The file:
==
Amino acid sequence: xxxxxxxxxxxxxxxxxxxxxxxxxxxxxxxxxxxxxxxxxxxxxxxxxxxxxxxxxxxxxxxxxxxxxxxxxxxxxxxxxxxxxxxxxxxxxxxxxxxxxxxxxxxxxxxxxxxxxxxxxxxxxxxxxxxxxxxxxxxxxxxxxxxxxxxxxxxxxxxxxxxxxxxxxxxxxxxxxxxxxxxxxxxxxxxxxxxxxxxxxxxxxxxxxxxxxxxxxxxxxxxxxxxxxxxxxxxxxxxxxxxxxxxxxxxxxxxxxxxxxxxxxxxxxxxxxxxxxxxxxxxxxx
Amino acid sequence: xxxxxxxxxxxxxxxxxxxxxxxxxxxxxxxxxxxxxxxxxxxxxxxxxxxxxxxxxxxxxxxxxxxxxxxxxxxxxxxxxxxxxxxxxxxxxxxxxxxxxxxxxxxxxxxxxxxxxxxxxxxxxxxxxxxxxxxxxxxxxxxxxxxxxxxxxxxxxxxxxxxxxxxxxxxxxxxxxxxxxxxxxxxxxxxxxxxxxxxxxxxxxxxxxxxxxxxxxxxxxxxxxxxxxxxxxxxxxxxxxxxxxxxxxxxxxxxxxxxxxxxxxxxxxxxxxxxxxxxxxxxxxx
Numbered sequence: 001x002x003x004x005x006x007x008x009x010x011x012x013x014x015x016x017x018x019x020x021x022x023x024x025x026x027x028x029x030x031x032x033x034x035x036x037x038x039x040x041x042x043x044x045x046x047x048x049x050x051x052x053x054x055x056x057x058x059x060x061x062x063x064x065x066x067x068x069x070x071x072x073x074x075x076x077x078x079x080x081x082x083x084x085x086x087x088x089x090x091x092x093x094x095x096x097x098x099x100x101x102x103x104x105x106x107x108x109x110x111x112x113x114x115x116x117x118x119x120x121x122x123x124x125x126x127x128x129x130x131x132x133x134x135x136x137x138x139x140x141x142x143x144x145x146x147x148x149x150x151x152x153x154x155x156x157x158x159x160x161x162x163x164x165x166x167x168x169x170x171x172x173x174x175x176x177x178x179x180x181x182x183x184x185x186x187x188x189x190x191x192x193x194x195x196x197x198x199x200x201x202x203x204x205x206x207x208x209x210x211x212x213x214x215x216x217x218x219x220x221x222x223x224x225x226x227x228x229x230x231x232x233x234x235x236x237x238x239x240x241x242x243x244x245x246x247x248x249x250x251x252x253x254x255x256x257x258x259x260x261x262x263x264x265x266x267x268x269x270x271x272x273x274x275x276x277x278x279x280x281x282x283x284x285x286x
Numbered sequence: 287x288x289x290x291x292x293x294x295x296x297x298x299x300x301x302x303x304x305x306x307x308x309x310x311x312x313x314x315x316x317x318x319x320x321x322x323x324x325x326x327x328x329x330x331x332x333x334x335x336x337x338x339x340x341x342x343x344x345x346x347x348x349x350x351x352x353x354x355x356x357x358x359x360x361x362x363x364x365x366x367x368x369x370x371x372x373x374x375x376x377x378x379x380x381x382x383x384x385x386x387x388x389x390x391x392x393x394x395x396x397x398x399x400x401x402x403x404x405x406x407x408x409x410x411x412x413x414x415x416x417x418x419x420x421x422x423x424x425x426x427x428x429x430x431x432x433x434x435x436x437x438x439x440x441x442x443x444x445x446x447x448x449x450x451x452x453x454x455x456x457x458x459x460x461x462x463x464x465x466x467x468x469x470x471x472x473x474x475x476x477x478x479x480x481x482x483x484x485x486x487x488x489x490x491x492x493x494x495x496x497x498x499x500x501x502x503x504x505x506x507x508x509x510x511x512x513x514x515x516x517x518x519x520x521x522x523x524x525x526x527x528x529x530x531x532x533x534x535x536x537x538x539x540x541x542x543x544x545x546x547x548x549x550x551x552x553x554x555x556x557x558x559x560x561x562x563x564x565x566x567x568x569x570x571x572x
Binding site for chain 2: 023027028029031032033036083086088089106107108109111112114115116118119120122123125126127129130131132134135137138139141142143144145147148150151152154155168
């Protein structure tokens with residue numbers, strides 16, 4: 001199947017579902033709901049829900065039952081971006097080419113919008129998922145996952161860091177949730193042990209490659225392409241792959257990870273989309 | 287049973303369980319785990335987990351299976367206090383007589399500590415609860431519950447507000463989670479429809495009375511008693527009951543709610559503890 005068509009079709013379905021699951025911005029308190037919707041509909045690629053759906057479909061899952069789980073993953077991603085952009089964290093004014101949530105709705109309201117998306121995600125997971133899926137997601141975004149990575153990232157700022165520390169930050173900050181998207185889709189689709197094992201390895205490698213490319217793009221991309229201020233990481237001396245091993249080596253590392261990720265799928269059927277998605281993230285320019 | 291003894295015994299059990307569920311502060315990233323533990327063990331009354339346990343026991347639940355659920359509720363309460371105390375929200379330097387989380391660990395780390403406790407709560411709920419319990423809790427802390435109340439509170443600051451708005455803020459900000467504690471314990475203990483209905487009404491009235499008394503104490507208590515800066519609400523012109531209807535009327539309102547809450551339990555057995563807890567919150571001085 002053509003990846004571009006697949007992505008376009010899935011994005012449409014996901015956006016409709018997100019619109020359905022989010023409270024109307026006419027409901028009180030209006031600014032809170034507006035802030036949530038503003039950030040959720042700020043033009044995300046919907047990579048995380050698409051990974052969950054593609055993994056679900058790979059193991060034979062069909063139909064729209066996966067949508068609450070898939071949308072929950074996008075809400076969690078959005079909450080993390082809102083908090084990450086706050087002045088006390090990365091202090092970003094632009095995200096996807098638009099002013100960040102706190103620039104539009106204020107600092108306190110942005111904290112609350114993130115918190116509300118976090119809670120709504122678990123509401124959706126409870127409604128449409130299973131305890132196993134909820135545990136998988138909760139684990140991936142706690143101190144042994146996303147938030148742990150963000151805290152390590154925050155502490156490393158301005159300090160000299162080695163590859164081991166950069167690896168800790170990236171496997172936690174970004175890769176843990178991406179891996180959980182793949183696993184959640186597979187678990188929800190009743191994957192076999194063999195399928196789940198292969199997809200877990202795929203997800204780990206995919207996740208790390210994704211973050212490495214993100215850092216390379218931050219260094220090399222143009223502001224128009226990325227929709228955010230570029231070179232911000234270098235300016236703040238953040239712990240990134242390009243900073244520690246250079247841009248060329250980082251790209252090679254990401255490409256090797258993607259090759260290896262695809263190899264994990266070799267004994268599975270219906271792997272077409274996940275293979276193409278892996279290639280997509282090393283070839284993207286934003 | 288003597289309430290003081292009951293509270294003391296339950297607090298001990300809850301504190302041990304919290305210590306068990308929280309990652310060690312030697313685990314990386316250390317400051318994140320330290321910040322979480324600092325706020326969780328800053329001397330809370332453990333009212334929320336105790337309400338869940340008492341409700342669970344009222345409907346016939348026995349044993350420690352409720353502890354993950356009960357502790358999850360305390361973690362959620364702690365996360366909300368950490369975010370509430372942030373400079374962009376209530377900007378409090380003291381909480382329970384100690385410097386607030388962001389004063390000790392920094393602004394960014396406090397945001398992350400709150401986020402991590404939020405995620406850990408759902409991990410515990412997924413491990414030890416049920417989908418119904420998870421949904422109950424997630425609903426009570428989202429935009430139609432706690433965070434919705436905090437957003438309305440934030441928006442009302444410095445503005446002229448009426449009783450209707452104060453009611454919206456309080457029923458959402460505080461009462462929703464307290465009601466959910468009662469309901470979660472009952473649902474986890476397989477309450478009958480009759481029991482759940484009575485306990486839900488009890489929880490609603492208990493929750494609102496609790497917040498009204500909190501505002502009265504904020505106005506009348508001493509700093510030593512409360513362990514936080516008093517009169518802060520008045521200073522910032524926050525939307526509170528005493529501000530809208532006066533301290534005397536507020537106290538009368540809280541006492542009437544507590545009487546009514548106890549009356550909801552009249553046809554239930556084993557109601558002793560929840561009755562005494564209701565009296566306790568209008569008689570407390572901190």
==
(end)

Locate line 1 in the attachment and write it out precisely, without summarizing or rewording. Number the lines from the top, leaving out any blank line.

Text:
Amino acid sequence: xxxxxxxxxxxxxxxxxxxxxxxxxxxxxxxxxxxxxxxxxxxxxxxxxxxxxxxxxxxxxxxxxxxxxxxxxxxxxxxxxxxxxxxxxxxxxxxxxxxxxxxxxxxxxxxxxxxxxxxxxxxxxxxxxxxxxxxxxxxxxxxxxxxxxxxxxxxxxxxxxxxxxxxxxxxxxxxxxxxxxxxxxxxxxxxxxxxxxxxxxxxxxxxxxxxxxxxxxxxxxxxxxxxxxxxxxxxxxxxxxxxxxxxxxxxxxxxxxxxxxxxxxxxxxxxxxxxxxxxxxxxxxx